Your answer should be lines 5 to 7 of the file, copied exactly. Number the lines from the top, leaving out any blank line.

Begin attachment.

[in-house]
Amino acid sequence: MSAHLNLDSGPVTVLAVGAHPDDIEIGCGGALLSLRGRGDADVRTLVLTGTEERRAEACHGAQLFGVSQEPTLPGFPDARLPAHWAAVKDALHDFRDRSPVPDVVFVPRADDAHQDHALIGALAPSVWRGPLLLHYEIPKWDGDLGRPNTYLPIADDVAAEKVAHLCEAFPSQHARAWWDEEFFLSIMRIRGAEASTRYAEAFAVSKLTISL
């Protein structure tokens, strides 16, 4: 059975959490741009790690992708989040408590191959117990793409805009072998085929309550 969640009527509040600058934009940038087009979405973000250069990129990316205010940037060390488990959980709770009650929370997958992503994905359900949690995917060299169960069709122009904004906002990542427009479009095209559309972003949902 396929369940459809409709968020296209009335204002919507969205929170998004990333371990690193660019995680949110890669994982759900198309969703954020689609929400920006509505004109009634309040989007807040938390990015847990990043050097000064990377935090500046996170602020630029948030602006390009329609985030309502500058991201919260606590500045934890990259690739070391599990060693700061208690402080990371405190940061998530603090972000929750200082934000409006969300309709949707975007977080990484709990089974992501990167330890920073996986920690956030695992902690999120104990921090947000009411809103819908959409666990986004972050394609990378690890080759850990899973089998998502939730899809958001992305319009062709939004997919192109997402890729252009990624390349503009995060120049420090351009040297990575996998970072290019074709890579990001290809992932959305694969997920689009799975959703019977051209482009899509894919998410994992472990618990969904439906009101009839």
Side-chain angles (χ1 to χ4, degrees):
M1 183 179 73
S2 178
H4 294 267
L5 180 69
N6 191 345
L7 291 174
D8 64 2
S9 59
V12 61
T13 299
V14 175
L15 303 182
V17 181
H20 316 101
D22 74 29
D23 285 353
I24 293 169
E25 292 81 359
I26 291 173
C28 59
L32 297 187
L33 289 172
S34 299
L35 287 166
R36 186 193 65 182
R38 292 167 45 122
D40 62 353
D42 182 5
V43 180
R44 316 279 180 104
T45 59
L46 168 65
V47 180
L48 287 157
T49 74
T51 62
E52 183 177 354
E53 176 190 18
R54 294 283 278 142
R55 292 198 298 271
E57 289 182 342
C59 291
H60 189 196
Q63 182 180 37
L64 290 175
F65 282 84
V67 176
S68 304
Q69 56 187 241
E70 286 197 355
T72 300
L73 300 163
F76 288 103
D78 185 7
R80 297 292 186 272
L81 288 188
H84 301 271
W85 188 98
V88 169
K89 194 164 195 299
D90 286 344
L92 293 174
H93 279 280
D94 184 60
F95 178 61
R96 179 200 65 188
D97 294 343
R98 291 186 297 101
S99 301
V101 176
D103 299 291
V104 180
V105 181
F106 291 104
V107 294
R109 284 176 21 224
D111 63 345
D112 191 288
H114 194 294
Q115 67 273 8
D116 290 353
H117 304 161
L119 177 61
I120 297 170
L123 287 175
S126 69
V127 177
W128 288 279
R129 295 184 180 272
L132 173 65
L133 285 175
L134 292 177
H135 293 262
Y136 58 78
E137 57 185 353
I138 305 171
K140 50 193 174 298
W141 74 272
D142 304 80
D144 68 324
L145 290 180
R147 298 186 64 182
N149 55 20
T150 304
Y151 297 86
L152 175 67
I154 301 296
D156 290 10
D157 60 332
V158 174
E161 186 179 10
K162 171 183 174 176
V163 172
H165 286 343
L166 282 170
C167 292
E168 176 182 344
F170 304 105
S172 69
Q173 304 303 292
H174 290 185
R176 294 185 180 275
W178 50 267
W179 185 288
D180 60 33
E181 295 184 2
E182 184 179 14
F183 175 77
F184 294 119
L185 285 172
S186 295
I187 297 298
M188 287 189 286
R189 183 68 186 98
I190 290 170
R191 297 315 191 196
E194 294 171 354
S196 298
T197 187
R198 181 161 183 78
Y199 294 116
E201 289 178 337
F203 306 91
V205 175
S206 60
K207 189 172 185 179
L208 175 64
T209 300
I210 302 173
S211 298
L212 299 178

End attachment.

M1 183 179 73
S2 178
H4 294 267